Robotics/Types of Robots/Wheeled
Wheeled robots are robots that navigate around the ground using motorized wheels to propel themselves. This design is simpler than using treads or legs and by using wheels they are easier to design, build, and program for movement in flat, not-so-rugged terrain. They are also more well controlled than other types of robots. Disadvantages of wheeled robots are that they can not navigate well over obstacles, such as rocky terrain, sharp declines, or areas with low friction. Wheeled robots are most popular among the consumer market, their differential steering provides low cost and simplicity. Robots can have any number of wheels, but three wheels are sufficient for static and dynamic balance. Additional wheels can add to balance; however, additional mechanisms will be required to keep all the wheels in the ground, when the terrain is not flat.
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2-wheeled robots[edit | edit source]
Two wheeled robots are harder to balance than other types because they must keeping moving to maintain upright. The center of gravity of the robot body is kept below the axle, usually this is accomplished by mounting the batteries below the body. They can have their wheels parallel to each other, these vehicles are called dicycles, or one wheel in front of the other, tandemly placed wheels. Two wheeled robots must keep moving to remain upright and they can do this by driving in the dithe robot is falling. To balance, the base of the robot must stay with under its center of gravity. For a robot that has the left and right wheels, it needs at least two sensors. A tilt sensor that is used to determine tilt angle and wheel encoders which keep track of the position of the platform of the robot.
Examples[edit | edit source]
Roomba[edit | edit source]
Roombas are two-wheeled vacuum cleaners that automatically moves around cleaning up a room. They utilizes a contact sensor in the front and a infrared sensor on its top.
Segway[edit | edit source]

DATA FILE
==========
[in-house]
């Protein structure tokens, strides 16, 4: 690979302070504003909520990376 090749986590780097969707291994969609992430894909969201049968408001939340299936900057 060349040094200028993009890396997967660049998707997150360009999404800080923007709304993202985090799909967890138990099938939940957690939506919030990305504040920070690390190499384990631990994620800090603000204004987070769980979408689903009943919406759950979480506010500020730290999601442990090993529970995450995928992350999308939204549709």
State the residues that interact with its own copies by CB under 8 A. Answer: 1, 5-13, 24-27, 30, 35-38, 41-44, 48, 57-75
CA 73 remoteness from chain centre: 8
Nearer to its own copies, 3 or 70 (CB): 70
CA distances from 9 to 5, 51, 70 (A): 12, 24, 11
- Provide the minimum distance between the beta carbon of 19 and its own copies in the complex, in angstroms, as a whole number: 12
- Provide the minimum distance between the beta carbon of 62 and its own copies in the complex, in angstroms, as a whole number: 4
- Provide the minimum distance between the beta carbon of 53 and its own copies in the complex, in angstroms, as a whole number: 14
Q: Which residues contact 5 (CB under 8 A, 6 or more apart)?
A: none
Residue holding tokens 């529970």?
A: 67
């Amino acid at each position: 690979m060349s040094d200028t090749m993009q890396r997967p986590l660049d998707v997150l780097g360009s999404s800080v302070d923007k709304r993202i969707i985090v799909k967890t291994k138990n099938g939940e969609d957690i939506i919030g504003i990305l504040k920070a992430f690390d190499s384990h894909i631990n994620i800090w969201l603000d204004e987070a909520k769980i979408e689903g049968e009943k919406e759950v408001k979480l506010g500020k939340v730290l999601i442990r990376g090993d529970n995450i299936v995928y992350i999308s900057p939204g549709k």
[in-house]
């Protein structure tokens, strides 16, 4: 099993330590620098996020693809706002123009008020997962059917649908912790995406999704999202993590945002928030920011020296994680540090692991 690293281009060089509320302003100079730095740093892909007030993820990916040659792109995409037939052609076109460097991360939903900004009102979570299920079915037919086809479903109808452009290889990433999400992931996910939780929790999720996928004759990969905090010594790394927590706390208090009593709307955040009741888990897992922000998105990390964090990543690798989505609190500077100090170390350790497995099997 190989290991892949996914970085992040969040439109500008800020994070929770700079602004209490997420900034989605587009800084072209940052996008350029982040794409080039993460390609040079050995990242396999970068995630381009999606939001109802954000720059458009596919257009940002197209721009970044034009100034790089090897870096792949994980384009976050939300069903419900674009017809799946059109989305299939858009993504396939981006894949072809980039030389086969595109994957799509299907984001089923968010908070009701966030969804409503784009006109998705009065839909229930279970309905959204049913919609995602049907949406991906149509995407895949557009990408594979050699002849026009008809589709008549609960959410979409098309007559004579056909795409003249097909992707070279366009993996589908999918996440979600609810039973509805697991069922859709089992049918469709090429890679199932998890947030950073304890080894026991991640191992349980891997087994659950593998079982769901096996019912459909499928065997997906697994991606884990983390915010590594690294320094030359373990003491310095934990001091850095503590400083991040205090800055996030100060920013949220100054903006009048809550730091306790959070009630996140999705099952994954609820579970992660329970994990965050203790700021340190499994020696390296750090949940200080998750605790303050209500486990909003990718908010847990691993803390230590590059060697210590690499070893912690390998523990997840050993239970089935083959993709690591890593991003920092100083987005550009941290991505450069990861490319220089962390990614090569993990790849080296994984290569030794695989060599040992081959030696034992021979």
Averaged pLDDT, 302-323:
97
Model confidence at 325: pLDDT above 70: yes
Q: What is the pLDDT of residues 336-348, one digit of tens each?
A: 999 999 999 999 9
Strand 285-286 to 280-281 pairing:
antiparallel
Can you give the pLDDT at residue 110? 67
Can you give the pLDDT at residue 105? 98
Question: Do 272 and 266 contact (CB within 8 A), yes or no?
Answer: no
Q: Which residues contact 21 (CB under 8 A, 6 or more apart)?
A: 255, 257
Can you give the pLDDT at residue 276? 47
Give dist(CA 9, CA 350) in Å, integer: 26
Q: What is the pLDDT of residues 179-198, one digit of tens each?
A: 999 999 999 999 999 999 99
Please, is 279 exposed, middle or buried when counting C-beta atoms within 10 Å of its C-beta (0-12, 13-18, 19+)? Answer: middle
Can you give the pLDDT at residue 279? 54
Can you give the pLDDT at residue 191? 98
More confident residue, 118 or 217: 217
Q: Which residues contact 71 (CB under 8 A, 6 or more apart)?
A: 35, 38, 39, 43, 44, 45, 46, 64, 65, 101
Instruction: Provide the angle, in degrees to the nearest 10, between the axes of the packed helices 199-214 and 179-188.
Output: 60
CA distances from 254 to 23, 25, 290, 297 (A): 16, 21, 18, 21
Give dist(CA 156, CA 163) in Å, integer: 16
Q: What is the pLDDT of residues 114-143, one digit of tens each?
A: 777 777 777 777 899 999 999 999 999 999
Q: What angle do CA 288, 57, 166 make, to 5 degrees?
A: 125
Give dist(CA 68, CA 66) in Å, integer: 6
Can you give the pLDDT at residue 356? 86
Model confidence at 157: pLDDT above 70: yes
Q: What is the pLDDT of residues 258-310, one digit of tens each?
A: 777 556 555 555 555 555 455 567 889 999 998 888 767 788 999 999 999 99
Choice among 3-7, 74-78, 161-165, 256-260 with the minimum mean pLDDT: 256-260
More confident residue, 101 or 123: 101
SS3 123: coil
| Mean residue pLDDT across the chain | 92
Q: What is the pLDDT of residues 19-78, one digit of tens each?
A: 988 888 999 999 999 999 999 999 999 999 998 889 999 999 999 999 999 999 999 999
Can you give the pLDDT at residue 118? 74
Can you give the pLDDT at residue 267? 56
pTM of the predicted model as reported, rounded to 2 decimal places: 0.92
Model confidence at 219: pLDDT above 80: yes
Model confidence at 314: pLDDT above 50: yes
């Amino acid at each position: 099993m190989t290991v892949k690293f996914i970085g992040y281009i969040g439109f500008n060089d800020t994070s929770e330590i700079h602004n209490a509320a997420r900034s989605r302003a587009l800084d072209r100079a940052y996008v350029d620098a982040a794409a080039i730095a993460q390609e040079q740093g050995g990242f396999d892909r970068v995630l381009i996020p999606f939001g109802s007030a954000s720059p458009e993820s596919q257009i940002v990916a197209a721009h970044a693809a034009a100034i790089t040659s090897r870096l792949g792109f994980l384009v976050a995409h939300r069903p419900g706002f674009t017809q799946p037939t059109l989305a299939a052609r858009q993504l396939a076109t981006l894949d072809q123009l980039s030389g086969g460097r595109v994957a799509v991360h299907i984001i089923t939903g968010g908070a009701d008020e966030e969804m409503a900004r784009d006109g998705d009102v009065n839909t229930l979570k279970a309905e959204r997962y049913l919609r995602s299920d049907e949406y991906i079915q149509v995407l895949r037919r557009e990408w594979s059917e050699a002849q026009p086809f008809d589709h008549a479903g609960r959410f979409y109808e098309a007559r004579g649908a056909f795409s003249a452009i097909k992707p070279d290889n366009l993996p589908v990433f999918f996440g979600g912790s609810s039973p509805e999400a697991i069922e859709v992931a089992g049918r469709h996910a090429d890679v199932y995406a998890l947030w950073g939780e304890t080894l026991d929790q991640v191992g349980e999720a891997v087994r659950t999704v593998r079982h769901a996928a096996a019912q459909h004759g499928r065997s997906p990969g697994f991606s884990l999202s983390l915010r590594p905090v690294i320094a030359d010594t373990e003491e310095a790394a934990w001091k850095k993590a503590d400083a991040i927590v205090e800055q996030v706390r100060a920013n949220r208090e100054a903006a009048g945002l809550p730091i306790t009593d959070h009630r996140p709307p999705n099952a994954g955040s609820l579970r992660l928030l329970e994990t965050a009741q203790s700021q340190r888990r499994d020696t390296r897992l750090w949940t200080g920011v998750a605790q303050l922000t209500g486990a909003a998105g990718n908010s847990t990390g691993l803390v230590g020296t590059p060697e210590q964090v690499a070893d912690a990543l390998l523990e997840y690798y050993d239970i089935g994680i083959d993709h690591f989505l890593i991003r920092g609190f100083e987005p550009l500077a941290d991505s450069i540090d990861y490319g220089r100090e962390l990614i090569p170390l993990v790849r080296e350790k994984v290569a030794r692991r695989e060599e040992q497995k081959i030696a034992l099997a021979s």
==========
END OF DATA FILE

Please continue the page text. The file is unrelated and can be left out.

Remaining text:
Segways are self-balancing dicycle electric vehicles.
Ghost Rider[edit | edit source]
Ghost Rider was the only two wheeled robot entered for the Darpa Grand 2005 Challenge. It was unique because of its motorcycle design, unlike the other two-wheeled robots, the wheel alignment is front and back, which makes it harder to balance as it turns. This tandem design of the wheels is much less common than that of a dicycle.
3-wheeled vehicles[edit | edit source]
3-wheeled robots may be of two types: differentially steered (2 powered wheels with an additional free rotating wheel to keep the body in balance) or 2 wheels powered by a single source and a powered steering for the third wheel. In the case of differentially steered wheels, the robot direction may be changed by varying the relative rate of rotation of the two separately driven wheels. If both the wheels are driven in the same direction and speed, the robot will go straight. Otherwise, depending on the speed of rotation and its direction, the center of rotation may fall anywhere in the line joining the two wheels.
The center of gravity in this type of robot has to lay inside the triangle formed by the wheels. If too heavy of a mass is mounted to the side of the free rotating wheel, the robot will tip over.
Omni Wheels[edit | edit source]
Another option for wheeled robots that makes it easier for robots with wheels not all mounted on the same axis to have Omni Wheels. An omni wheel is like many smaller wheels making up a large one, the smaller ones have axis perpendicular to the axis of the core wheel. This allows the wheels to move in two directions, and the ability to move holonomically, which means it can instantaneously move in any direction. Unlike a car, which moves non-holnomicallly and has to be in motion to change heading. Omni-wheeled robots can move in at any angle in any direction, without rotating beforehand. Some omni wheel robots use a triangular platform, with the three wheels spaced at 60 degree angles. Advantages of using 3 wheels and not 4 are that its cheaper, and 3 points are guaranteed to be on the same plane, so each wheel in contact with the ground, but only one wheel will be rotating in the direction of travel. The disadvantages of using Omni wheels is that they have poor efficiency due to not all the wheels rotating in the direction of movement, which also causes loss from friction, and are more computationally complex because of the angle calculations of movement.